Lexus UX 250h practicality & boot space
The Lexus UX prioritises form over function, and as a result isn’t the most practical car in its class
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Space for passengers inside the Lexus UX is adequate, but whoever you bring along for the ride will have to pack light; the compact SUV gets a small boot and limited storage solutions. There’s room for two average-sized adults in the back seats, however, and there’s plenty of adjustment in the driver's seat and overly-chunky steering wheel.
Lexus UX interior space, storage & comfort
If you’re sitting up front, the UX feels spacious and comfortable. There’s loads of adjustment in the seat and steering wheel for even the tallest or smallest drivers to get comfortable. The biggest annoyance is a steering wheel rim that's too fat and squidgy, and visibility to the rear three-quarters is quite poor.
Otherwise, the seats – as in any modern Lexus – are super-plush, and support you in all the right places. Even after several hundred miles, you can get out feeling as fresh as when you got in.
Space in the back is adequate rather than generous. The door aperture is quite narrow and the roofline surprisingly low, so access isn't great, but headroom when you're in is actually surprisingly generous given the sloping roofline, while average-sized adults won’t be left wanting for knee room, either. Three across the back will be a squeeze.
There are ISOFIX fittings on both outer rear seats, of course, but this isn't a family-friendly SUV. It's easy to bash your head on the sloping roof as you lean in to the rear seats, and the soft, almost velvet-like upholstery that's standard on the base car will be ruined in days if not hours by tiny, muddy boots.
There's no durable, wipe-clean upholstery or plastic seat-backing to protect against your kids kicking the front seats, here. The UX is a style statement, not a family SUV.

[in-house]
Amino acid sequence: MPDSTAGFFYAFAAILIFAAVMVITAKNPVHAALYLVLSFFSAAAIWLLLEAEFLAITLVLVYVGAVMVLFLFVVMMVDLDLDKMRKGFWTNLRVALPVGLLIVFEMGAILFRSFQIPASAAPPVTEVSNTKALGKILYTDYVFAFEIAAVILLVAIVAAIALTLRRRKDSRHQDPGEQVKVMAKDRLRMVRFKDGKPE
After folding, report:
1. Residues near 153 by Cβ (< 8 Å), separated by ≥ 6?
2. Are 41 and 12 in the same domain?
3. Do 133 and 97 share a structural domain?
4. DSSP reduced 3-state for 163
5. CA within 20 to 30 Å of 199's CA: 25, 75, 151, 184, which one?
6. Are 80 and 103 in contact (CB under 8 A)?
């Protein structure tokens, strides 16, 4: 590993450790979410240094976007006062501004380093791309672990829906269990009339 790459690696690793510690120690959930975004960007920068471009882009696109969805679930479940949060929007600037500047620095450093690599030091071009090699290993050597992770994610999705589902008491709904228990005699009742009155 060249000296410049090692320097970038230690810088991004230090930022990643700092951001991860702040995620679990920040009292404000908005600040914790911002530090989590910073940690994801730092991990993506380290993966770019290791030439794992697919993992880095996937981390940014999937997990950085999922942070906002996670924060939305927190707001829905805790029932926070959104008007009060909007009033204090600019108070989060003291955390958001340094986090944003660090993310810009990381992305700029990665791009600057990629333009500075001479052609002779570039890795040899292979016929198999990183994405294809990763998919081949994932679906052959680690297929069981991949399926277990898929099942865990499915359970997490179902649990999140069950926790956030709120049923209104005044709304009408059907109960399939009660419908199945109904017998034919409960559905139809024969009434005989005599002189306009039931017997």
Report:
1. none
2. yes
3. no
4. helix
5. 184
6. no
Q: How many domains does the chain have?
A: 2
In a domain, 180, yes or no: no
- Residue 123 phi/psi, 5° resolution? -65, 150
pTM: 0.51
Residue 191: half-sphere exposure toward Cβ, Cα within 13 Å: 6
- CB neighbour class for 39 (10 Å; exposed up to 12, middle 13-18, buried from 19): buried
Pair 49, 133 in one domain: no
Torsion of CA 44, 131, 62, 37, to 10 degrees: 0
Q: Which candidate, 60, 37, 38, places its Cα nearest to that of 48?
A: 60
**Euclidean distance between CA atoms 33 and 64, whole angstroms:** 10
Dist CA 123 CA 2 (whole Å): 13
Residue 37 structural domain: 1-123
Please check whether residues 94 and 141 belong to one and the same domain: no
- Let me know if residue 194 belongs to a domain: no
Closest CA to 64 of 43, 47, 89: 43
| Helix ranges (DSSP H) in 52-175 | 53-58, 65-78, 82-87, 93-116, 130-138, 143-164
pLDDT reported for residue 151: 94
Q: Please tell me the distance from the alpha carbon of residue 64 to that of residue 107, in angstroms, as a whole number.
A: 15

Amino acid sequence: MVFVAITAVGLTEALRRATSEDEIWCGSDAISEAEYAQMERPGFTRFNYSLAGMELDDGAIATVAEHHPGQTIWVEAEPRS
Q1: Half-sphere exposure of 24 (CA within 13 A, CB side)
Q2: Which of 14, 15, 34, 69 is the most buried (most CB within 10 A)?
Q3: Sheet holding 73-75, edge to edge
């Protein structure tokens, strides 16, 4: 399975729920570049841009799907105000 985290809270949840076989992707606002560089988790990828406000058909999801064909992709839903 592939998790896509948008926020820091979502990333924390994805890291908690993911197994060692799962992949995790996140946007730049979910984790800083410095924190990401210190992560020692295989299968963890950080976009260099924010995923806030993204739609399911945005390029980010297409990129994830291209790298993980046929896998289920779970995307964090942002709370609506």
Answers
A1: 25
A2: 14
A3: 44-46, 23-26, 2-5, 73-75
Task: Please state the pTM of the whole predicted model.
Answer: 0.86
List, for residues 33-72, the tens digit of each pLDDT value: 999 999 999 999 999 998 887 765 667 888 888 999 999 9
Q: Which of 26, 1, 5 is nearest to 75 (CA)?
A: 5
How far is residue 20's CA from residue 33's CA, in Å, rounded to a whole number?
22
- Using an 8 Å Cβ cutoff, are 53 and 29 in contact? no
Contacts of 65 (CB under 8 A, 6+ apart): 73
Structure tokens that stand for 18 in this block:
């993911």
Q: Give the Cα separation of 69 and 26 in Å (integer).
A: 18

When it comes to interior storage, most drivers will feel sufficiently catered for. There’s a leather-lidded cubby between the front seats that hides a couple of USB inputs and some phone storage, as well as a pair of cup-holders ahead of the infotainment touchpad and gearlever.
The cheap-feeling glovebox (one of the only areas that lets quality slip, in fact) is a good enough size, and there are door bins for bottles and loose items in the front doors. Storage in the back seats is poor, with only one map pocket and no door bins.
The UX will hold 438 litres with the rear seats in place and 1,231 with them down. That's pretty small for an SUV, and the load lip is extremely high which will make it awkward to load heavy items.
On front-wheel-drive cars, you do at least get a sliver of under-floor storage that helps improve matters, but on the four-wheel-drive version you lose even that. Both come with an odd, flexible sun shade instead of a normal parcel shelf that feels particularly cheap.
Of course, you can fold the seats down, but even then the UX is trumped by many of its petrol or diesel competitors. There are plenty of standard family hatchbacks out there that offer far better practicality than the Lexus UX.
In This Review
- 1VerdictThe Lexus UX is the first compact SUV from the Japanese brand, featuring all the best bits about the larger NX and RX hybrids in a small and fun-to-drive package
- 2MPG & CO2 emissionsDrive carefully and the Lexus UX is one of the most fuel-efficient SUVs on the market, but it's no better than most diesels on faster roads
- 3Running costsThe Lexus UX is cheap to run, but plug-in hybrid rivals offer more appealing tax benefits
- 4Engines, drive & performanceThe Lexus UX 250h hybrid is comfortable, quiet and easy to drive, as well as being capable of a decent turn of speed when you need it
- 5Interior & comfortThe Lexus UX 250h is beautifully built, and since early 2020 has offered Apple CarPlay and Android Auto smartphone connectivity as standard
- 6Practicality & boot space - currently readingThe Lexus UX prioritises form over function, and as a result isn’t the most practical car in its class
- 7Reliability & safetyLexus owners are a satisfied bunch and UX safety should be top-notch, too